Jeff Bezos’ Blue Origin plans to launch its New Shepard rocket, like the one shown here in 2016, from West Texas on Friday morning. Photo courtesy of Blue Origin
Jeff Bezos’ Blue Origin plans to launch its New Shepard rocket, like the one shown here in 2015, from West Texas on Friday morning. Photo courtesy of Blue Origin
Blue Origin’s New Shepard rocket will be launched again on Friday with its reusable booster, which is shown landing after a flight in December. Photo courtesy of Blue Origin
Sept. 25 (UPI) — Jeff Bezos’ rocket company, Blue Origin, will try again to launch its reusable New Shepard rocket on Friday in Texas with NASA and university experiments on board.
Liftoff is planned for 11 a.m. EDT at the company’s launch facilities about 150 miles east of El Paso. Launch personnel postponed an attempt Thursday due to a “potential issue with the power supply to the experiments,” Blue Origin said.
The launch would be the 13th New Shepard mission and the seventh consecutive flight for the rocket, which is 60 feet high and emits 110,000 pounds of thrust. The company one day wants to fly space tourists in a capsule designed for six people as it also develops its larger New Glenn rocket.
The NASA experiment on the rocket, called the Deorbit, Descent, and Landing Sensor Demonstration. includes sensors designed to help locate a safe site on the moon for upcoming landings, according to NASA and Blue Origin’s mission description.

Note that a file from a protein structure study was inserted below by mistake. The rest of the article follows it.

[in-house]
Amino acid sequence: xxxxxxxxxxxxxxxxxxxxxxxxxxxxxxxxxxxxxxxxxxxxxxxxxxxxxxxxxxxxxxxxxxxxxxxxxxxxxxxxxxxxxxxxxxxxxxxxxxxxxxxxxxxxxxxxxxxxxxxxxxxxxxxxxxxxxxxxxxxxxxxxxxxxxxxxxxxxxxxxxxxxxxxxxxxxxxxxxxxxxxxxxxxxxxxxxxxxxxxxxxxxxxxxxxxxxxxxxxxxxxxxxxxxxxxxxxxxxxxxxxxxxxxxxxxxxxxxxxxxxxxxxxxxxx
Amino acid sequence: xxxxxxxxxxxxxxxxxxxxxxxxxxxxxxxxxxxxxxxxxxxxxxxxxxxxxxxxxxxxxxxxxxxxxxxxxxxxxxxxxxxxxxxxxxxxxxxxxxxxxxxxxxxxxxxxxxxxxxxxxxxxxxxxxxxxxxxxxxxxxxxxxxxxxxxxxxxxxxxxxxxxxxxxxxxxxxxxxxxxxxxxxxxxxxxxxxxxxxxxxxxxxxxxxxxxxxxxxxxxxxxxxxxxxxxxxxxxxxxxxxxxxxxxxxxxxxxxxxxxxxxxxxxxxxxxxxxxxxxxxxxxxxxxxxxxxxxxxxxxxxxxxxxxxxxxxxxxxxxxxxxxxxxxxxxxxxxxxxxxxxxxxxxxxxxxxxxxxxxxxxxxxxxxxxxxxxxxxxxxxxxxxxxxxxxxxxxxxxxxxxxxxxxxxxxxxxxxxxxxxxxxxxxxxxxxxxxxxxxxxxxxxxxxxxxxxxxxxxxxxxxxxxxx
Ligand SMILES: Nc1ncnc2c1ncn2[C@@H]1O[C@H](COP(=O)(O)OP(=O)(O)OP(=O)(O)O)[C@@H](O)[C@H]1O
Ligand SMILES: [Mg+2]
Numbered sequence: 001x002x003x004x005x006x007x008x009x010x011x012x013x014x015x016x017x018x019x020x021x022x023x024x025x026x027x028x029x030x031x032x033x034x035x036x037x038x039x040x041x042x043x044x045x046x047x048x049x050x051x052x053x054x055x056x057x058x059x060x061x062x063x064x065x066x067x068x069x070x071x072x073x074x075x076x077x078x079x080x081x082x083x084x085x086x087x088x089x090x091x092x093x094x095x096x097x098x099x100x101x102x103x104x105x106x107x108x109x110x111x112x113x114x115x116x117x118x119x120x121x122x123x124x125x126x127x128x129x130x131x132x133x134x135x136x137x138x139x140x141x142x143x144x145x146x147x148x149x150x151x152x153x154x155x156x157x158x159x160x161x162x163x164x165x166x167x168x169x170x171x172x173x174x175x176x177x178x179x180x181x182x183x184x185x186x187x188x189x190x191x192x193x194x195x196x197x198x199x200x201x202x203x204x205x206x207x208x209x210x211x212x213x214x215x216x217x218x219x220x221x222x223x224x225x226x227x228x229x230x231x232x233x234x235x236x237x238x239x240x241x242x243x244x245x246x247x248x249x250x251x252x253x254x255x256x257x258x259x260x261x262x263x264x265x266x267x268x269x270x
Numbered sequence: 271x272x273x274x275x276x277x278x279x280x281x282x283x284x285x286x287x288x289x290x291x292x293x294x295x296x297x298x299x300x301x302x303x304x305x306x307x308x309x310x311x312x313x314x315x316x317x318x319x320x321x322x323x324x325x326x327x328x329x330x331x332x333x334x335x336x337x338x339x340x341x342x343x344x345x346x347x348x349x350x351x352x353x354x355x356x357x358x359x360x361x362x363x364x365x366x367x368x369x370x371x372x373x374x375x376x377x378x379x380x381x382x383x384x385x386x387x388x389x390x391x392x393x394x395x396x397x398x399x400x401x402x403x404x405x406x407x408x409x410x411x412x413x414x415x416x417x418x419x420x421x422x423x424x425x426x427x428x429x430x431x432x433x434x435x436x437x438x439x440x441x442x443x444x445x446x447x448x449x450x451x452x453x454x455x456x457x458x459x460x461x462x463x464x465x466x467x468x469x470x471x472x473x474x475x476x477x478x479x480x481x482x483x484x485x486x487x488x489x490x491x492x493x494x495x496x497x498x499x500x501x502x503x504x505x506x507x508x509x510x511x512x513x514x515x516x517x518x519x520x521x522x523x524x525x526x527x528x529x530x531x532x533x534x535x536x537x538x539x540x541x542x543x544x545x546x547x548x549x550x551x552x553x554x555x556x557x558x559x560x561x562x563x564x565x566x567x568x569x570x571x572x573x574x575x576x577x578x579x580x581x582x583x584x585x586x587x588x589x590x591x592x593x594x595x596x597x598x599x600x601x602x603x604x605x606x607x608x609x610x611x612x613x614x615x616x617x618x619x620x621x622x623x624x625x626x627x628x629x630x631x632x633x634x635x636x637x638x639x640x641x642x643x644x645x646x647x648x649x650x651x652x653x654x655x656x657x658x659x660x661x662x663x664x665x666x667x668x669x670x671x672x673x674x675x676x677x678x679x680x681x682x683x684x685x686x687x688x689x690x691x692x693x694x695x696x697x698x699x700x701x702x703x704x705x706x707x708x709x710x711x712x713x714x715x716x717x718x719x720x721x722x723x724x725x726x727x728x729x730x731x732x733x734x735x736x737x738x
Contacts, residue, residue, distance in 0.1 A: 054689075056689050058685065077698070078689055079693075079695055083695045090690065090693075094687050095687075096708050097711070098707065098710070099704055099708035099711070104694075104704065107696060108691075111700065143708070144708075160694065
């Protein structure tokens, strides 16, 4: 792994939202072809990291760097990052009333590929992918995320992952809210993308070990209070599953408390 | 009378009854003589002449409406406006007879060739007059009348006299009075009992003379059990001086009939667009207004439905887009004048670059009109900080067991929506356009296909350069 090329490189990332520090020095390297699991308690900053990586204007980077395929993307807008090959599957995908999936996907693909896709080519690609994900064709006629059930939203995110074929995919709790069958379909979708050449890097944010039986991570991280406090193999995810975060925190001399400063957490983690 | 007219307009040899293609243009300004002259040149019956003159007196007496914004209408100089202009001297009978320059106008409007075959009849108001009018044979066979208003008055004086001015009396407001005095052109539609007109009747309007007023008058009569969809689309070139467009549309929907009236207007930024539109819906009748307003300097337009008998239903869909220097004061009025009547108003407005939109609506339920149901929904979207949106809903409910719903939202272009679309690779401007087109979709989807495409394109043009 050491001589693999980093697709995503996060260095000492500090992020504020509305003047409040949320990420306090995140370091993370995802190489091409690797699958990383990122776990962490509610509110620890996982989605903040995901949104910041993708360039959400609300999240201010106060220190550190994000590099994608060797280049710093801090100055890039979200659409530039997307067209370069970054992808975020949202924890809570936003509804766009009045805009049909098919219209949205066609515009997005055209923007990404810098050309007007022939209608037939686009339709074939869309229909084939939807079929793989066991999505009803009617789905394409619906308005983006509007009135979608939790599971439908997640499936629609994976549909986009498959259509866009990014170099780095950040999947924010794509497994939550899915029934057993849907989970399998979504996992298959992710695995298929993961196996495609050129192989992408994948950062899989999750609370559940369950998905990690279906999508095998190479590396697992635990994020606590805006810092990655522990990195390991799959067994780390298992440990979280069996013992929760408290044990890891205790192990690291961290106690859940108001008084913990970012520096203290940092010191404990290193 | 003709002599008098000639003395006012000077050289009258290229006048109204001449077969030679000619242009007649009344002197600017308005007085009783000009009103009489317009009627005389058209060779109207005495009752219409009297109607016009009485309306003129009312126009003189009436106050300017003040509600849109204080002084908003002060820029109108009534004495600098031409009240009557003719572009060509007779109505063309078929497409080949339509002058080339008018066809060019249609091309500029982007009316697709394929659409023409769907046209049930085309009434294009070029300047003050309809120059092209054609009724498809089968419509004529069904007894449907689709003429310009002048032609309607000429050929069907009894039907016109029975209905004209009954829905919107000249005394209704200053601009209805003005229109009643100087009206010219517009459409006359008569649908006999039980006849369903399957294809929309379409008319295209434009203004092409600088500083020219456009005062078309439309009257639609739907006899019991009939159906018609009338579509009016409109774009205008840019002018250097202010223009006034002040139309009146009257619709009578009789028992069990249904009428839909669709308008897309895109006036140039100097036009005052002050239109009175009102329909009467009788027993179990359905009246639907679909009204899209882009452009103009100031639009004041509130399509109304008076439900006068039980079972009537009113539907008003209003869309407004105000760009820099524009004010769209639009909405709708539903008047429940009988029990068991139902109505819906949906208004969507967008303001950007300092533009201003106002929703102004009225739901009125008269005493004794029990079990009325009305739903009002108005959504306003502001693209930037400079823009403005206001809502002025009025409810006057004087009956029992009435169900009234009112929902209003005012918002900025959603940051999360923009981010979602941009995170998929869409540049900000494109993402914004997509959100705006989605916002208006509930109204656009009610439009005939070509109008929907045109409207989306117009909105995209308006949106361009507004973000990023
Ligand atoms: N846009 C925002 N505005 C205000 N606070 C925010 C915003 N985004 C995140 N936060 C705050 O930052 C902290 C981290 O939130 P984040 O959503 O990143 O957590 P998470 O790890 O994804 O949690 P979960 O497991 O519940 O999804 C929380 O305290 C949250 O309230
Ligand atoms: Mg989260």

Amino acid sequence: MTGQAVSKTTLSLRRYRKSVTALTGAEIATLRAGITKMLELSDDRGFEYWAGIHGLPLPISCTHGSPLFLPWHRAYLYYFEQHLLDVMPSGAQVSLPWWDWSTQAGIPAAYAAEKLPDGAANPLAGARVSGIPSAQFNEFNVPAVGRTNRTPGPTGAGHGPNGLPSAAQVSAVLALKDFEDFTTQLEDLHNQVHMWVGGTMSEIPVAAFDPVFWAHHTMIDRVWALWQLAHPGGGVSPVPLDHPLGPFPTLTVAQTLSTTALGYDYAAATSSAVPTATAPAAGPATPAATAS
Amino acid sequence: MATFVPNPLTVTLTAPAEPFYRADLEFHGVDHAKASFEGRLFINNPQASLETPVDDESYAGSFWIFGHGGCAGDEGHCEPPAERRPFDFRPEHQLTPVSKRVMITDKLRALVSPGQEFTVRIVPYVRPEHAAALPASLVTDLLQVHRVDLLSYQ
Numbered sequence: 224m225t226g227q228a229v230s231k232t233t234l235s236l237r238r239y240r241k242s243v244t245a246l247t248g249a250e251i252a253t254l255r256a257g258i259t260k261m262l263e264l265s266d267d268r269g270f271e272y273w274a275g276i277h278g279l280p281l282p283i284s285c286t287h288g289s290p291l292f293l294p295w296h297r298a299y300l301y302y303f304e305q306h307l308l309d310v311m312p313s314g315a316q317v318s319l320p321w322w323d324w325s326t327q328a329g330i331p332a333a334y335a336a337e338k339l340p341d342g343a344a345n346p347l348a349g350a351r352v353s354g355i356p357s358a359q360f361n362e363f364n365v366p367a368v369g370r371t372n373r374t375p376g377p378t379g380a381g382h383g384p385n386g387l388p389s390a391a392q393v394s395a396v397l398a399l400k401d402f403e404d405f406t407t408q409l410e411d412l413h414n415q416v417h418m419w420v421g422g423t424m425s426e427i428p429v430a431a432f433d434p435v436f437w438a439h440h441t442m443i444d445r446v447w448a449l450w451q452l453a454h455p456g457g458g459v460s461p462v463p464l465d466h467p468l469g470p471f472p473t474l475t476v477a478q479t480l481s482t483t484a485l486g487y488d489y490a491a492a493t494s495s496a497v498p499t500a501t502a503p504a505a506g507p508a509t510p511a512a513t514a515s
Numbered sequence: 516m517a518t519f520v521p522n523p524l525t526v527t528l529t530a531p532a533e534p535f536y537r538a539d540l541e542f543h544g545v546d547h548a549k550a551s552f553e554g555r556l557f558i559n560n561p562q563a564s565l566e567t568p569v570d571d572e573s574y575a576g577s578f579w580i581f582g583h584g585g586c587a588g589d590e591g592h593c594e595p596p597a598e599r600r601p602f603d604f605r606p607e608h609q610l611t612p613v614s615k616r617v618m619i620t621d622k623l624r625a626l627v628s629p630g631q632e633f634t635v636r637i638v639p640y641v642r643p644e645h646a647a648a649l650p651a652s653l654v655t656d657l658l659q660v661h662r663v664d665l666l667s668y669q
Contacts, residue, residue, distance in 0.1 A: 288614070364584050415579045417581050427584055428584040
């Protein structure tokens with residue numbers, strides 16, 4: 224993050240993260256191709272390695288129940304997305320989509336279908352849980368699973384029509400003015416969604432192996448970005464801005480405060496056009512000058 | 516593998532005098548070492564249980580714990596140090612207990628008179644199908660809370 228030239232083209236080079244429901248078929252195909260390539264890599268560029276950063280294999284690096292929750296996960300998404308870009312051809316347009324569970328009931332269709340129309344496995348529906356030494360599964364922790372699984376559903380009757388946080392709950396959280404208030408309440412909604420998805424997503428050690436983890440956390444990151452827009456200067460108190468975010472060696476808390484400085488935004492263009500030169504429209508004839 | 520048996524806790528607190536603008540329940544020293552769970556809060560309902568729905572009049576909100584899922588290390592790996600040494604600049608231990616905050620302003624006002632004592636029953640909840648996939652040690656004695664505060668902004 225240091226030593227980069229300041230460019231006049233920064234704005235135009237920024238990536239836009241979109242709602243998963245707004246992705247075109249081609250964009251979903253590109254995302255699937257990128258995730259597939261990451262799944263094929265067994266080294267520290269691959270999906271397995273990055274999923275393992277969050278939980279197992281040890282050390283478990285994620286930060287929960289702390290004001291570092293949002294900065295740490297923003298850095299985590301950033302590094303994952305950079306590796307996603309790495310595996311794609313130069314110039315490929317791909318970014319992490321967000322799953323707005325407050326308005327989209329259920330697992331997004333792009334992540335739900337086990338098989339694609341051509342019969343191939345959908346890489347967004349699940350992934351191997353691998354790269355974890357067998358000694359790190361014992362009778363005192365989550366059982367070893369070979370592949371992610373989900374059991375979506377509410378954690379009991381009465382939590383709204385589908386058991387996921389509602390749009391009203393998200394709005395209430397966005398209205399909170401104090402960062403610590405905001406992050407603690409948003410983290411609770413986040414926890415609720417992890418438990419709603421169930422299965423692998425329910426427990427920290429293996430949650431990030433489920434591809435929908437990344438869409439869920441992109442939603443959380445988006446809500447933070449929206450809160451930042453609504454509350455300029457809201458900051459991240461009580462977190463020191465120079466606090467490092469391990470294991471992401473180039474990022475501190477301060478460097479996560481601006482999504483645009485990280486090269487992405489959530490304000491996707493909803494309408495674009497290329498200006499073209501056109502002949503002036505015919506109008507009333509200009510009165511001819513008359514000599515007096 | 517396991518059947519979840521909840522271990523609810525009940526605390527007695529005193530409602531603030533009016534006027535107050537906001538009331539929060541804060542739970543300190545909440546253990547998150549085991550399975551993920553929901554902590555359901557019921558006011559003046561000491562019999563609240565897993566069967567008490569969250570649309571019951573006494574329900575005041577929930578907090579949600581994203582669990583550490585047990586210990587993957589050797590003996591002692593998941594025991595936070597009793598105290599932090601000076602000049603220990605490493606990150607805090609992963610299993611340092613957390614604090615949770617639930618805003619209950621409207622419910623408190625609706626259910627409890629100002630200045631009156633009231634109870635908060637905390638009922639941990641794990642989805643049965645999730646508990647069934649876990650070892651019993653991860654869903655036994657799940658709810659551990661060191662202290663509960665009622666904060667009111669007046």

“The technologies could allow future missions — both crewed and robotic — to target landing sites that weren’t possible during the Apollo missions, such as regions with varied terrain near craters,” the mission description said.
Those sensors require clear skies to function properly, Blue Origin said Thursday. The National Weather Center predicts mostly clear skies after some morning clouds in the area Friday.
Blue Origin leads the so-called national team in developing a human lander for future moon missions. The team includes Lockheed Martin, Northrop Grumman, and Draper.
The sensors are the first payload to fly mounted on the exterior of a New Shepard booster rather than inside its capsule, which the company said could open up opportunities for other exterior technology, including “a wide range of future high-altitude sensing, sampling and exposure payloads.”
At least two plant experiments are in the rocket’s capsule, one of which was designed by researchers at the University of Florida’s Ferl/Paul Space Plants Lab.
Other payloads on board the so-called NS-13 mission include experiments from Johns Hopkins University Applied Physics Laboratory in Maryland, NASA’s Armstrong Flight Research Center in California and Colorado-based Space Lab Technologies.